RESEARCH TRIANGLE PARK, NC— As part of an effort to tackle obesity, RTI International has been named a U.S. Obesity Data Challenge winner for developing a high-resolution map that demonstrates obesity at the community level. The award was presented by the de Beaumount Foundation, the Health Data Consortium and the U.S. Department of Health and Human Services.
"Although obesity is a national problem, many of the policies and interventions that would be most valuable in reducing obesity occur at the community or neighborhood level," said Bill Wheaton, director of RTI's Geospatial Science and Technology Program. "However, until now, high-resolution maps of obesity at the community level did not exist. We filled this gap to show where the most at-risk populations are and to better help target outreach, interventions and community health activities."
The Obesity Data Challenge called for data tools, visualizations and apps to assist public health officials and policymakers in helping patients address obesity at a personal and community level. RTI was selected as a second place winner for creating the Neighborhood Map of U.S. Obesity from public, government data sources.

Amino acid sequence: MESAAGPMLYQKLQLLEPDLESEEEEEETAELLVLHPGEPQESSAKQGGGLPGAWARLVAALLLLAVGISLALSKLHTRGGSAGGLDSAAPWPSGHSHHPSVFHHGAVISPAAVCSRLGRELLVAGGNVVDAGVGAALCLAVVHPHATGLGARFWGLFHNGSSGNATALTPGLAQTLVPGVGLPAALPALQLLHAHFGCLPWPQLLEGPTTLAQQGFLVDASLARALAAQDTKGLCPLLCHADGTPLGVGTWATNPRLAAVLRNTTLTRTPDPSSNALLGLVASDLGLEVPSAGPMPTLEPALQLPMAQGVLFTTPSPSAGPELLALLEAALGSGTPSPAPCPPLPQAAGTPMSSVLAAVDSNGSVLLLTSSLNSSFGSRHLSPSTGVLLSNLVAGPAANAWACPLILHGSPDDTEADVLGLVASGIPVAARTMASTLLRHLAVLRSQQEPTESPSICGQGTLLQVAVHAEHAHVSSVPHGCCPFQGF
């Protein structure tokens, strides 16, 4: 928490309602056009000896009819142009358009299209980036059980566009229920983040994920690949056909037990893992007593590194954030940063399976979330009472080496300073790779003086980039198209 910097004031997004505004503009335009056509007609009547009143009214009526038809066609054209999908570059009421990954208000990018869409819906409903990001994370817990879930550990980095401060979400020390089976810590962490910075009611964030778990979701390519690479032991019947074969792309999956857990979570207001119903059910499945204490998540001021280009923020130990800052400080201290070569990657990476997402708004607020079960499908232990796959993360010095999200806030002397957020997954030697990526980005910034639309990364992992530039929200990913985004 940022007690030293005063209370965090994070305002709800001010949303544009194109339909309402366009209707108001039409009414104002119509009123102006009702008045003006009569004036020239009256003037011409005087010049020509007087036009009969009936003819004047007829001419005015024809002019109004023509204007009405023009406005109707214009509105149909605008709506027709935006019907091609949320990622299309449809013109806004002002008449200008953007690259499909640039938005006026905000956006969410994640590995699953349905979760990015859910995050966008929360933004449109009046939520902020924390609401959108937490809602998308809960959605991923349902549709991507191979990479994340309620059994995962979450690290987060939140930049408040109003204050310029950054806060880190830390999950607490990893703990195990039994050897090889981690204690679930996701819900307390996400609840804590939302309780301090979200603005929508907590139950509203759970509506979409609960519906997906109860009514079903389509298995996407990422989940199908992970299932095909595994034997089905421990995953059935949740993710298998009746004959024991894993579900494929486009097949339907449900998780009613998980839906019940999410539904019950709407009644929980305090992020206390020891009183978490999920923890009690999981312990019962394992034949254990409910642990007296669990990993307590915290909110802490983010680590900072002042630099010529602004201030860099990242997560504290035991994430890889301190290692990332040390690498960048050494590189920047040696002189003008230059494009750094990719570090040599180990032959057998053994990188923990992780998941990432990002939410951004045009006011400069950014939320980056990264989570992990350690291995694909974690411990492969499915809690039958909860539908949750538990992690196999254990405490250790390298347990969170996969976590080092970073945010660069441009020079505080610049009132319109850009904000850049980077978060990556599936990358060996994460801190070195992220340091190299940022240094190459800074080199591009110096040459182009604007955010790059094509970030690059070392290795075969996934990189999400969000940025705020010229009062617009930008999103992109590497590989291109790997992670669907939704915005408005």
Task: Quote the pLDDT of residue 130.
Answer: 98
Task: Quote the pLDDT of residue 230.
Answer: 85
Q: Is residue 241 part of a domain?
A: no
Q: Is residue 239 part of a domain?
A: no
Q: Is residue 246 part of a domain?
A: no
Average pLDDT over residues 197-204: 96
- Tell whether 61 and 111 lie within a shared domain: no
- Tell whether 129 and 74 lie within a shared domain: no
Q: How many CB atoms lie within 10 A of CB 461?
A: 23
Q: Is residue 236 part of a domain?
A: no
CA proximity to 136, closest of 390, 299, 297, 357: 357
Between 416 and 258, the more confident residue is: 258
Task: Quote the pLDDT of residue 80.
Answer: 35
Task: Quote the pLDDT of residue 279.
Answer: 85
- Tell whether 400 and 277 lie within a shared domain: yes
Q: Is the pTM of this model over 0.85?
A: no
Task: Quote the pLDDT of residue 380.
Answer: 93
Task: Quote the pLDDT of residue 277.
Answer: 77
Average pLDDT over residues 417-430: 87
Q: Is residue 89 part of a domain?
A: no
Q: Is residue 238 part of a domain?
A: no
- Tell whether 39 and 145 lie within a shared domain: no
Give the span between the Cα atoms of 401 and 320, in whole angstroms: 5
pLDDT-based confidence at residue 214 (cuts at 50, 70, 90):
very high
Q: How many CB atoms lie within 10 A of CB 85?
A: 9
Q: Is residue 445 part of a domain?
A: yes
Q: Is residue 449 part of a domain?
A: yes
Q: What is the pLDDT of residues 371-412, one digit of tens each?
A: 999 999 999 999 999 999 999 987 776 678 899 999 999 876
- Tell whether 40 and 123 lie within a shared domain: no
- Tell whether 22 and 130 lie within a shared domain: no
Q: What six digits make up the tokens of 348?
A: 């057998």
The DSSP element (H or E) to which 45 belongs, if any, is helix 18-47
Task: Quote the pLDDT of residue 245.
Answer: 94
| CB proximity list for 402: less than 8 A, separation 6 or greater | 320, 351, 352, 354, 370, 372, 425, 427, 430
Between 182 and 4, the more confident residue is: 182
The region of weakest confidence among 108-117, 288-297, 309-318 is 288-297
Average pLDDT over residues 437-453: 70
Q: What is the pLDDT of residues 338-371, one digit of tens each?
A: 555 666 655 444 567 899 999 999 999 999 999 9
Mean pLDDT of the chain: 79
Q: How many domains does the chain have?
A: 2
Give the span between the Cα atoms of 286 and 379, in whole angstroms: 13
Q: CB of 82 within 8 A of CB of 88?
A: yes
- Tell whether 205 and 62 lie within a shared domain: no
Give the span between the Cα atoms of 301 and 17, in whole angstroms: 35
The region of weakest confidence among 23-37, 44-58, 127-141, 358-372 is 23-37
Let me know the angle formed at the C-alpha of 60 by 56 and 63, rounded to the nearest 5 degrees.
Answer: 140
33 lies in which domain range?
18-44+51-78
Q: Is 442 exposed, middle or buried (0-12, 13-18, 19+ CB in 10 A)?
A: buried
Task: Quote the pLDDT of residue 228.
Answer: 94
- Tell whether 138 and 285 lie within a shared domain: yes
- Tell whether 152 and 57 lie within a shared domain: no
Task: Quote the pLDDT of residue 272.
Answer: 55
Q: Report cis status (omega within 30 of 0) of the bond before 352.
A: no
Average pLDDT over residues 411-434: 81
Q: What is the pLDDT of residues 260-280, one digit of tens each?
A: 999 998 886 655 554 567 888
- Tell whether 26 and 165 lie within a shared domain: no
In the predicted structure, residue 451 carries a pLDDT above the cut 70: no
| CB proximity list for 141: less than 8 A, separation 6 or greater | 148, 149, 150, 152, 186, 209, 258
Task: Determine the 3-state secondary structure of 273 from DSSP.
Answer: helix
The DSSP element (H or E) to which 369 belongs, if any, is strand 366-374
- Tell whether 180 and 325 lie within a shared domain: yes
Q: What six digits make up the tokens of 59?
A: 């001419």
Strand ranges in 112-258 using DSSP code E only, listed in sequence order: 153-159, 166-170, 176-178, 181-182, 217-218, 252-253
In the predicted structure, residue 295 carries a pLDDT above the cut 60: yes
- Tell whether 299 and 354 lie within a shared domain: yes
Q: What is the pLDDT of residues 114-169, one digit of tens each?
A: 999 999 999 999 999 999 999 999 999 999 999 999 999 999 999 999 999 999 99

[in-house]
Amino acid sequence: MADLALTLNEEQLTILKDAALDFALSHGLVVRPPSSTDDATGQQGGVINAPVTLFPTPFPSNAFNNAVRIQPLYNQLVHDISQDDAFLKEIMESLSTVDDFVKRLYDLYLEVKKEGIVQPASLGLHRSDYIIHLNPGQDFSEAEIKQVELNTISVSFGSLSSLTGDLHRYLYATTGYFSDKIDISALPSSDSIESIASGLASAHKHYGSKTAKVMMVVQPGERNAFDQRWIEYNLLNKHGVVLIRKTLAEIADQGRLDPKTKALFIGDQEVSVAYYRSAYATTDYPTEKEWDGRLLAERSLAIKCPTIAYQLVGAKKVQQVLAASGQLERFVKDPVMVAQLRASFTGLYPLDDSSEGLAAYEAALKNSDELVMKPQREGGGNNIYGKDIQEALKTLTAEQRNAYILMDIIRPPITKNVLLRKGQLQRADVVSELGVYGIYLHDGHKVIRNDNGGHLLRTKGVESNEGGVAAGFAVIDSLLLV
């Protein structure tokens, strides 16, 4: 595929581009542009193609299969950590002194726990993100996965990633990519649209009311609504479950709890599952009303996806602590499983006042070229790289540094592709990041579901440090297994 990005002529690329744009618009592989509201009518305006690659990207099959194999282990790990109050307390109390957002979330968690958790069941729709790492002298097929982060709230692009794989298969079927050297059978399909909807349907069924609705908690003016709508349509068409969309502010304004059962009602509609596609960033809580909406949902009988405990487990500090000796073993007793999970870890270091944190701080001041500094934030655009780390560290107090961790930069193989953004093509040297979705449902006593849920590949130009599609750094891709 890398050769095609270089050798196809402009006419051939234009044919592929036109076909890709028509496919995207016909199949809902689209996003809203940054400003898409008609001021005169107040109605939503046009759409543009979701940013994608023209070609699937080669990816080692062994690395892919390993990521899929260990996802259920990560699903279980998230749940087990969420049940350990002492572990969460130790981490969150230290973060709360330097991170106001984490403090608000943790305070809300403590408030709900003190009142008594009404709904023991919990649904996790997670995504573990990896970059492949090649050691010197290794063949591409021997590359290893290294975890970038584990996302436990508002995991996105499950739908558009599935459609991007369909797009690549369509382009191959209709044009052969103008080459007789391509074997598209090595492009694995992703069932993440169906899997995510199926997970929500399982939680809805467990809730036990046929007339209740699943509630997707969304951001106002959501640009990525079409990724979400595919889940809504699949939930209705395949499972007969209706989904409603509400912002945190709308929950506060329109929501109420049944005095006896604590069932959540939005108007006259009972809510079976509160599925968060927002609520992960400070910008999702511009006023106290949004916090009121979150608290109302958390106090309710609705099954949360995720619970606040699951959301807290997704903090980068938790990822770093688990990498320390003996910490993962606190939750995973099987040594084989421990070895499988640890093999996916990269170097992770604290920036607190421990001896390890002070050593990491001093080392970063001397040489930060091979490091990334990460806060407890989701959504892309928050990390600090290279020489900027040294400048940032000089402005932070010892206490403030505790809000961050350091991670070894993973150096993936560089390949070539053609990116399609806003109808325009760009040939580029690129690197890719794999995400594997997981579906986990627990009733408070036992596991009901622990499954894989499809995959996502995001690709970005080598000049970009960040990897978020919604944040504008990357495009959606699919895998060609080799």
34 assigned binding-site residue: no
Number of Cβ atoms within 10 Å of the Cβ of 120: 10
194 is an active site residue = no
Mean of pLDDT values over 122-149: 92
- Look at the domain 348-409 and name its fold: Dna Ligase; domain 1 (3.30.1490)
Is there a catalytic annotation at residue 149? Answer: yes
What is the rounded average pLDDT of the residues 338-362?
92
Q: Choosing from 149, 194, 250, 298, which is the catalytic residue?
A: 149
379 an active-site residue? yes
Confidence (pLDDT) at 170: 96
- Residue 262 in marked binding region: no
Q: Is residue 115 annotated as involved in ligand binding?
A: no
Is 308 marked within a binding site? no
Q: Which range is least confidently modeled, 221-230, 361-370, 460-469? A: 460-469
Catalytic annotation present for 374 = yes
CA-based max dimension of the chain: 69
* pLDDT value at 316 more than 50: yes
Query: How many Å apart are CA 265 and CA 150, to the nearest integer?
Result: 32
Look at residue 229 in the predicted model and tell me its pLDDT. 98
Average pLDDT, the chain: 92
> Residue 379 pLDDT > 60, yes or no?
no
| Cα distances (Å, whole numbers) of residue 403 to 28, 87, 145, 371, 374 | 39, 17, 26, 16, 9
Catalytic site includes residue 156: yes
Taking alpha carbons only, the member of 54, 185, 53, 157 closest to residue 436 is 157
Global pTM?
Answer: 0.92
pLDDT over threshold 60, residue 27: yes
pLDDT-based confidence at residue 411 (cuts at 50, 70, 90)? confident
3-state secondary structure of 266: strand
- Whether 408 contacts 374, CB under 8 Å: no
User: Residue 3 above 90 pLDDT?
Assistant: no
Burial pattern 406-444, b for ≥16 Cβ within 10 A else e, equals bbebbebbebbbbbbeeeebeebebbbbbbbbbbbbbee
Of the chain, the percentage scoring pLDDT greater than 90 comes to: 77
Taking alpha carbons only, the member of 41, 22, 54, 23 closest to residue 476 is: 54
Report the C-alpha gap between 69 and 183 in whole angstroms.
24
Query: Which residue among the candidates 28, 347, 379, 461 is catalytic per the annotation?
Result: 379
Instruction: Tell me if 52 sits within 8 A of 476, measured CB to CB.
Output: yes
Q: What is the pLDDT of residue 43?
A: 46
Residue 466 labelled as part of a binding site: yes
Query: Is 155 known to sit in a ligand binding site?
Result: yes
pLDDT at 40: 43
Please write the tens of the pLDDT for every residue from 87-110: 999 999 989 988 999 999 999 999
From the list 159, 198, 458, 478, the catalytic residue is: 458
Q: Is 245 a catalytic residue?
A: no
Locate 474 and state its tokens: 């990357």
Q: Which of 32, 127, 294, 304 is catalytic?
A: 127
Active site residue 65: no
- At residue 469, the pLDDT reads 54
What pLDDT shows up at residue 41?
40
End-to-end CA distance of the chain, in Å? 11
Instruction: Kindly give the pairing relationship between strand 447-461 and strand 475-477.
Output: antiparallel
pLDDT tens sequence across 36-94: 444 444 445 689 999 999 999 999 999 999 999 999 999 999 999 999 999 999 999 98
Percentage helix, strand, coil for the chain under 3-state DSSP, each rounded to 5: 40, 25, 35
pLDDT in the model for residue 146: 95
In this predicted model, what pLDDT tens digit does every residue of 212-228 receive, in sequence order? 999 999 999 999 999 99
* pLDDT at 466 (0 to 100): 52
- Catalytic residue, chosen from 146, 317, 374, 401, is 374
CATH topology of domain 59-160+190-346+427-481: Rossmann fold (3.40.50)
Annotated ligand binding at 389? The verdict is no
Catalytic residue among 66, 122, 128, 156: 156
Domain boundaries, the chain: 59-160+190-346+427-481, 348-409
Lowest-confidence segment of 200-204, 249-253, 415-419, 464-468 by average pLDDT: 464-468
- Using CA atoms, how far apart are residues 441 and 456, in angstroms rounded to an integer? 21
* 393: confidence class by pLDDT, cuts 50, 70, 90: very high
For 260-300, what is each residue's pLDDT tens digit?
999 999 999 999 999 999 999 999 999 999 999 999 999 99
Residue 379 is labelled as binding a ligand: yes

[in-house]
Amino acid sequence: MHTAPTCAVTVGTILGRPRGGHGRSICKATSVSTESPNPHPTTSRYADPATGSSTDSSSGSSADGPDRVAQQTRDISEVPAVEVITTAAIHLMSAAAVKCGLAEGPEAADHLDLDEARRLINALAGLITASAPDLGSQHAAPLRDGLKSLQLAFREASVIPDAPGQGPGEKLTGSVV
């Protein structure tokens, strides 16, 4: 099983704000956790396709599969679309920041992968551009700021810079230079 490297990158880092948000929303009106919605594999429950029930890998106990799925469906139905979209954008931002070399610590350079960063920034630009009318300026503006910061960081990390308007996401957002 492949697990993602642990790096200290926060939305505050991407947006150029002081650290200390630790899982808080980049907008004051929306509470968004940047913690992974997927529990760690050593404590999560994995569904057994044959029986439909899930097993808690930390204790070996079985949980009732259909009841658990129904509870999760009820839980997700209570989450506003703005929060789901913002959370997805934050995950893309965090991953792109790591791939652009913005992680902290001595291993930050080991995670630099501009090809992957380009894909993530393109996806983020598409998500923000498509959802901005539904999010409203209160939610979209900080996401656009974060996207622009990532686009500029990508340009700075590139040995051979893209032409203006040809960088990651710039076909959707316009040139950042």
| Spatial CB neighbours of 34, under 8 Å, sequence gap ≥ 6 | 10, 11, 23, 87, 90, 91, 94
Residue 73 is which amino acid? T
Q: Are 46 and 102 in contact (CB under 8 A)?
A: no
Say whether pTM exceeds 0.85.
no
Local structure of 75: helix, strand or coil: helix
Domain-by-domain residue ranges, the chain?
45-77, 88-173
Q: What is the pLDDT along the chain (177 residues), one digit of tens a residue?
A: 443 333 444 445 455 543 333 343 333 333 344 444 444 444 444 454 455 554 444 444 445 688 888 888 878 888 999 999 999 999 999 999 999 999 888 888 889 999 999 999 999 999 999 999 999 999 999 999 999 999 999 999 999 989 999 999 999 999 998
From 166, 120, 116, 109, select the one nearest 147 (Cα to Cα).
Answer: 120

RTI's highly-detailed, interactive map combines obesity data with a geographic information system database to show localized obesity data for every 250 meters nationwide. Researchers and health officials can download the GIS data and add additional data sources to the map to support analysis and decision-making at the community level.
The Neighborhood Map of U.S. Obesity allows users to see the percent of the adult population that is obese, the difference in the percent of population that is obese as compared to the national average, and the statistically significant clusters of obesity. Community organizations and practitioners will be able to understand where the problem is within their communities to take targeted action in the areas with the highest obesity rates.
"Working with our federal and university partners to convert these data into decisions and policies that reduce obesity is our number one priority," Wheaton said. "We hope to build on and extend this work by doing a similar analysis, but with children as the focus. We would also like to add additional geospatial data sources to the site such as healthy food outlets, farmers markets, food deserts and other layers that help explain some of the limitations in access to healthy food."
The interactive obesity map created by RTI is available here.